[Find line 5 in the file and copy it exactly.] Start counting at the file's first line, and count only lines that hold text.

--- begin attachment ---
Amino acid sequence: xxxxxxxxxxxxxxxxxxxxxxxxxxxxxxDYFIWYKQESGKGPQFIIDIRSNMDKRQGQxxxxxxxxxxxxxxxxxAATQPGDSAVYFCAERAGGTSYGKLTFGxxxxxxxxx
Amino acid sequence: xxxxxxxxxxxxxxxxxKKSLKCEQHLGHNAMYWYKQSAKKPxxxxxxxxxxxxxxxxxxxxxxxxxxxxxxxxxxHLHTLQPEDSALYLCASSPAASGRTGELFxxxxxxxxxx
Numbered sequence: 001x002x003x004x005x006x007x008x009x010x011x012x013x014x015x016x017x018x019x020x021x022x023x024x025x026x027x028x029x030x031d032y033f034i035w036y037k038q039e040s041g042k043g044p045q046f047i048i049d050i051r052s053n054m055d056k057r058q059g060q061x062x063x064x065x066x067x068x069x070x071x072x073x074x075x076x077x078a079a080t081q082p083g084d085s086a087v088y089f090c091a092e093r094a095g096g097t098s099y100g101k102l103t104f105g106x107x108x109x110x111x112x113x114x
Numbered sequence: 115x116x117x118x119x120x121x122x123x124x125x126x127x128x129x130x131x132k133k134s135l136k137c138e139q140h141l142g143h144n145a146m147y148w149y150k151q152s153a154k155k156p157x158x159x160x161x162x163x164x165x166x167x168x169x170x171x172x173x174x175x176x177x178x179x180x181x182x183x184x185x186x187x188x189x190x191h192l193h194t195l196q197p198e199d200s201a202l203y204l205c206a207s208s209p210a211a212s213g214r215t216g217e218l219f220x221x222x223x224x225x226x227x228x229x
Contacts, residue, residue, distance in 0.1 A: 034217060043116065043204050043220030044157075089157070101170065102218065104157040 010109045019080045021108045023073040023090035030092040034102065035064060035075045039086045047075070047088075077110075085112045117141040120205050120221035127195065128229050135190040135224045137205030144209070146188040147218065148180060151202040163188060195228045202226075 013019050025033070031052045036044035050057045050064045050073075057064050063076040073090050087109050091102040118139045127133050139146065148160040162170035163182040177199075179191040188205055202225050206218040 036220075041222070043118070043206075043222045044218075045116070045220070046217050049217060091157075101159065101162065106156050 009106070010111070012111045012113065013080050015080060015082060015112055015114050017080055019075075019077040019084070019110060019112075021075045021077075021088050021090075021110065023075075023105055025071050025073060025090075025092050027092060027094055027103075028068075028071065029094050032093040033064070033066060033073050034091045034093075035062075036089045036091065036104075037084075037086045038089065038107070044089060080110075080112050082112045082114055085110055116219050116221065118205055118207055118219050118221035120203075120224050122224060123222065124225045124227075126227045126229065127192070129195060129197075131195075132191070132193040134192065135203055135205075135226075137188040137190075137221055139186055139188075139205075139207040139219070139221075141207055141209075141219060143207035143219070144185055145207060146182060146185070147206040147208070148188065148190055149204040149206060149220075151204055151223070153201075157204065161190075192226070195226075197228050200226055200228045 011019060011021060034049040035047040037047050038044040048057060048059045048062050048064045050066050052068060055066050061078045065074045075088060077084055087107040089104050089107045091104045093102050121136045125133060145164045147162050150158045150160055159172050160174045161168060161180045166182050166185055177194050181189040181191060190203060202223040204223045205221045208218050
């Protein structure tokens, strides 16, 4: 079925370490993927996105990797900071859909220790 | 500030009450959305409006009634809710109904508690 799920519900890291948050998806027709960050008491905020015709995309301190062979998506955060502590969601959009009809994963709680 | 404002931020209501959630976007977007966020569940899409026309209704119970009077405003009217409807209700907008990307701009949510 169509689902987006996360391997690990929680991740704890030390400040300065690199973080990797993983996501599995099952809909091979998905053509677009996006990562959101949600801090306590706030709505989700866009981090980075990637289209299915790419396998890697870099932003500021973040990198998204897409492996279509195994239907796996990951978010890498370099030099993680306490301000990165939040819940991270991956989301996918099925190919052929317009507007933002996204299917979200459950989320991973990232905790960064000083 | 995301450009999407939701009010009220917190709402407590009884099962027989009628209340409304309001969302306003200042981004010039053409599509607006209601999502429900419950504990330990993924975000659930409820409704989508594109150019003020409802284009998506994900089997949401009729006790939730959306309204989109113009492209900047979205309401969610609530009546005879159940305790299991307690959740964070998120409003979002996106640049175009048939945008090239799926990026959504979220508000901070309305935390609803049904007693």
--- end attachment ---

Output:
Contacts, residue, residue, distance in 0.1 A: 034217060043116065043204050043220030044157075089157070101170065102218065104157040 010109045019080045021108045023073040023090035030092040034102065035064060035075045039086045047075070047088075077110075085112045117141040120205050120221035127195065128229050135190040135224045137205030144209070146188040147218065148180060151202040163188060195228045202226075 013019050025033070031052045036044035050057045050064045050073075057064050063076040073090050087109050091102040118139045127133050139146065148160040162170035163182040177199075179191040188205055202225050206218040 036220075041222070043118070043206075043222045044218075045116070045220070046217050049217060091157075101159065101162065106156050 009106070010111070012111045012113065013080050015080060015082060015112055015114050017080055019075075019077040019084070019110060019112075021075045021077075021088050021090075021110065023075075023105055025071050025073060025090075025092050027092060027094055027103075028068075028071065029094050032093040033064070033066060033073050034091045034093075035062075036089045036091065036104075037084075037086045038089065038107070044089060080110075080112050082112045082114055085110055116219050116221065118205055118207055118219050118221035120203075120224050122224060123222065124225045124227075126227045126229065127192070129195060129197075131195075132191070132193040134192065135203055135205075135226075137188040137190075137221055139186055139188075139205075139207040139219070139221075141207055141209075141219060143207035143219070144185055145207060146182060146185070147206040147208070148188065148190055149204040149206060149220075151204055151223070153201075157204065161190075192226070195226075197228050200226055200228045 011019060011021060034049040035047040037047050038044040048057060048059045048062050048064045050066050052068060055066050061078045065074045075088060077084055087107040089104050089107045091104045093102050121136045125133060145164045147162050150158045150160055159172050160174045161168060161180045166182050166185055177194050181189040181191060190203060202223040204223045205221045208218050